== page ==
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Neoplasia. 2003 Jul-Aug;5(4):297-307. doi: 10.1016/S1476-5586(03)80023-4.

Evaluation of novel antimouse VEGFR2 antibodies as potential antiangiogenic or vascular targeting agents for tumor therapy.

Author information

1
Simmons Comprehensive Cancer Center, University of Texas Southwestern Medical Center, Dallas, TX 75390-8594, USA.

Abstract

We generated a panel of eight rat IgG(2a) monoclonal antibodies with high affinity for mouse VEGFR2 (KDR/Flk-1), the main receptor that mediates the angiogenic effect of VEGF-A. The antibodies (termed RAFL, R at Anti Flk) bound to dividing endothelial cells more strongly than they did to nondividing cells. Most of the RAFL antibodies blocked [(125)I]VEGF(165) binding to VEGFR2. Three of eight antibodies localized to VEGFR2-positive tumor endothelium after intravenous injection into mice bearing orthotopic MDA-MB-231 breast carcinomas, as judged by indirect immunohistochemistry. An average of 60% of vessels in the tumors was stained. The majority (50-80%) of vessels were also stained in a variety of other human and murine tumors growing in mice. The antibodies did not bind detectably to the vascular endothelium in normal heart, lung, liver, and brain cortex, whereas the vascular endothelium in kidney glomerulus and pancreatic islets was stained. Treatment of mice bearing orthotopic MDA-MB-231 tumors with RAFL-1 antibody inhibited tumor growth by an average of 48% and reduced vascular density by 65%, compared to tumors in mice treated with control IgG. Vascular damage was not observed in normal organs, including kidneys and pancreas. These studies demonstrate that anti-VEGFR2 antibodies have potential for vascular targeting and imaging of tumors in vivo.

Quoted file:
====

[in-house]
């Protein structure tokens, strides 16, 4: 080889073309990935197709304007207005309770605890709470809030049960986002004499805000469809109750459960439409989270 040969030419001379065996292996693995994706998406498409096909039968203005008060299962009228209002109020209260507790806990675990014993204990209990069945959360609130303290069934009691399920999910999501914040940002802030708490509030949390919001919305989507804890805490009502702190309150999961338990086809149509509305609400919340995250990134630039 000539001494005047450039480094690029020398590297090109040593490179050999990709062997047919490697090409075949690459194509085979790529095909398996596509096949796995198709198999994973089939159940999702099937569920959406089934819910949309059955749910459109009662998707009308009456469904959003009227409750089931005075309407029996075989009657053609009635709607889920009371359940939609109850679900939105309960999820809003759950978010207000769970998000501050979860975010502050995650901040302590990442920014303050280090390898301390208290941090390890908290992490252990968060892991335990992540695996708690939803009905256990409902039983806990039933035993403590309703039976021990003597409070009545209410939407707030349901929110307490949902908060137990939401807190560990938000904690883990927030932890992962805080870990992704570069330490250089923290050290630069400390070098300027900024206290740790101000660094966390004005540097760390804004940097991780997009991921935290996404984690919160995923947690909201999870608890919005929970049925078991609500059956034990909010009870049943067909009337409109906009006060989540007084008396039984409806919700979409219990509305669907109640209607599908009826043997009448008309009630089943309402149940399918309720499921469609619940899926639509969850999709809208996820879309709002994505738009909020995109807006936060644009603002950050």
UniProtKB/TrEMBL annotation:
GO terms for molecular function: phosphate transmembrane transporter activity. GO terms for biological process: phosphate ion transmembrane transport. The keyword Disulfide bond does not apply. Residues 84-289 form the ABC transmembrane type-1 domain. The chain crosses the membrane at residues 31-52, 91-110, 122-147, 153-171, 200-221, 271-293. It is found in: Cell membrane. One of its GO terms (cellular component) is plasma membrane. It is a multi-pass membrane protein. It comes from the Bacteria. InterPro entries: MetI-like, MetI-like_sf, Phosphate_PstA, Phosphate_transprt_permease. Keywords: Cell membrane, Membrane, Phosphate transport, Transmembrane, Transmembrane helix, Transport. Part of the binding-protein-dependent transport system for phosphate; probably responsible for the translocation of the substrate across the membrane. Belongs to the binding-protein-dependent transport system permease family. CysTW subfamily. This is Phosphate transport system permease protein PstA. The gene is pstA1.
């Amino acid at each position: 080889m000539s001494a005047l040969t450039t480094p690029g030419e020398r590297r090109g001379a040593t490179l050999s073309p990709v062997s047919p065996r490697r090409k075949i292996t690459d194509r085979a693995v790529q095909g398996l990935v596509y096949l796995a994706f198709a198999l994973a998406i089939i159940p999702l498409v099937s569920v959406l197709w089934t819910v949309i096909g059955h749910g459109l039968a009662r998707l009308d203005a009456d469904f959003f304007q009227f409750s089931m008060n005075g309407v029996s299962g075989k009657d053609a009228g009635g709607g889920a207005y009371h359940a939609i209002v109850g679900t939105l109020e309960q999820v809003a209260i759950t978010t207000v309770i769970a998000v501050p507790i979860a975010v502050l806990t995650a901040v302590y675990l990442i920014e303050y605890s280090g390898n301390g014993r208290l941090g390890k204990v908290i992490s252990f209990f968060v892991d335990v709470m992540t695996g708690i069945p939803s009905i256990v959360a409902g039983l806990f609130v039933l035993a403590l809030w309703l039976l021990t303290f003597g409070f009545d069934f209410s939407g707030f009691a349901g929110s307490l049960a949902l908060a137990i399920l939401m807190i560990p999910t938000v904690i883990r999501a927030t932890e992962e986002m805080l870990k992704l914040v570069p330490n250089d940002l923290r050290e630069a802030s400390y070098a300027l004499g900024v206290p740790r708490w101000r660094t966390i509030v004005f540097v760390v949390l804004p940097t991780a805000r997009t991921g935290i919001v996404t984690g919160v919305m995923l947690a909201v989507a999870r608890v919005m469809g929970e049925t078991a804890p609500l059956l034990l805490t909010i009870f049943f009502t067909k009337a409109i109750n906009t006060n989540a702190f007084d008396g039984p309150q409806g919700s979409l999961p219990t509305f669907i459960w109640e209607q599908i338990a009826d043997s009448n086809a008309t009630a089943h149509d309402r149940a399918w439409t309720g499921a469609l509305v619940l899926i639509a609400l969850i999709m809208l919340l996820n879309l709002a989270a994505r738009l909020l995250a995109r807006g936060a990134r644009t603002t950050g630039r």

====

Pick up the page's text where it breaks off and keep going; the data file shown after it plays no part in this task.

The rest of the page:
PMID:
14511401
PMCID:
PMC1502417
DOI:
10.1016/S1476-5586(03)80023-4
[Indexed for MEDLINE]
Free PMC Article

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